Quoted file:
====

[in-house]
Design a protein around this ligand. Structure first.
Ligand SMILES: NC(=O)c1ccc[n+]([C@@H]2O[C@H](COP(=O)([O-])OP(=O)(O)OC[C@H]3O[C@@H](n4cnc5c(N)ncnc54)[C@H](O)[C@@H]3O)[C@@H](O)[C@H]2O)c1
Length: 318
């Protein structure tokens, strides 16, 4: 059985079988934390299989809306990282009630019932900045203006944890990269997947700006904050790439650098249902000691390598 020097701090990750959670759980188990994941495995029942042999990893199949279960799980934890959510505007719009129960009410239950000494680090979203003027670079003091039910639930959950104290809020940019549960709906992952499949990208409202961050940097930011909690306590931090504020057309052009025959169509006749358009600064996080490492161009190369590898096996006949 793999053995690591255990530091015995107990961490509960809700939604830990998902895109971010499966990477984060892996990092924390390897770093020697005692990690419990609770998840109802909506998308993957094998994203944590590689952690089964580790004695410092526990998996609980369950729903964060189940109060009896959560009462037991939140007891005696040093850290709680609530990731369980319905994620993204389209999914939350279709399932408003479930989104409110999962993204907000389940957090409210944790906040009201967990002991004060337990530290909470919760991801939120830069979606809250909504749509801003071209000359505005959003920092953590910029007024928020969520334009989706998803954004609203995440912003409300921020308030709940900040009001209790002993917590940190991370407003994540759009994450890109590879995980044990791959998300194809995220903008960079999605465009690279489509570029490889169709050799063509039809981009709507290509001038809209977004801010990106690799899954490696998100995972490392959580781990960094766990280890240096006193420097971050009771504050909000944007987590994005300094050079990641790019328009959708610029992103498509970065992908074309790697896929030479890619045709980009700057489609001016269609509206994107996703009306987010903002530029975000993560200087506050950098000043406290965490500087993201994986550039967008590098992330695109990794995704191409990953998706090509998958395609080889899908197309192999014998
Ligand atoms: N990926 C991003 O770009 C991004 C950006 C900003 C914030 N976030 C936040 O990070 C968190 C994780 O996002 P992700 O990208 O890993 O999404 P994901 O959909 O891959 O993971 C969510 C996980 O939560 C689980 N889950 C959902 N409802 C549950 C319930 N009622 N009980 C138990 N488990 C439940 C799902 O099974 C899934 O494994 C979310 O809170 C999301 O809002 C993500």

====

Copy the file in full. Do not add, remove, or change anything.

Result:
[in-house]
Design a protein around this ligand. Structure first.
Ligand SMILES: NC(=O)c1ccc[n+]([C@@H]2O[C@H](COP(=O)([O-])OP(=O)(O)OC[C@H]3O[C@@H](n4cnc5c(N)ncnc54)[C@H](O)[C@@H]3O)[C@@H](O)[C@H]2O)c1
Length: 318
């Protein structure tokens, strides 16, 4: 059985079988934390299989809306990282009630019932900045203006944890990269997947700006904050790439650098249902000691390598 020097701090990750959670759980188990994941495995029942042999990893199949279960799980934890959510505007719009129960009410239950000494680090979203003027670079003091039910639930959950104290809020940019549960709906992952499949990208409202961050940097930011909690306590931090504020057309052009025959169509006749358009600064996080490492161009190369590898096996006949 793999053995690591255990530091015995107990961490509960809700939604830990998902895109971010499966990477984060892996990092924390390897770093020697005692990690419990609770998840109802909506998308993957094998994203944590590689952690089964580790004695410092526990998996609980369950729903964060189940109060009896959560009462037991939140007891005696040093850290709680609530990731369980319905994620993204389209999914939350279709399932408003479930989104409110999962993204907000389940957090409210944790906040009201967990002991004060337990530290909470919760991801939120830069979606809250909504749509801003071209000359505005959003920092953590910029007024928020969520334009989706998803954004609203995440912003409300921020308030709940900040009001209790002993917590940190991370407003994540759009994450890109590879995980044990791959998300194809995220903008960079999605465009690279489509570029490889169709050799063509039809981009709507290509001038809209977004801010990106690799899954490696998100995972490392959580781990960094766990280890240096006193420097971050009771504050909000944007987590994005300094050079990641790019328009959708610029992103498509970065992908074309790697896929030479890619045709980009700057489609001016269609509206994107996703009306987010903002530029975000993560200087506050950098000043406290965490500087993201994986550039967008590098992330695109990794995704191409990953998706090509998958395609080889899908197309192999014998
Ligand atoms: N990926 C991003 O770009 C991004 C950006 C900003 C914030 N976030 C936040 O990070 C968190 C994780 O996002 P992700 O990208 O890993 O999404 P994901 O959909 O891959 O993971 C969510 C996980 O939560 C689980 N889950 C959902 N409802 C549950 C319930 N009622 N009980 C138990 N488990 C439940 C799902 O099974 C899934 O494994 C979310 O809170 C999301 O809002 C993500």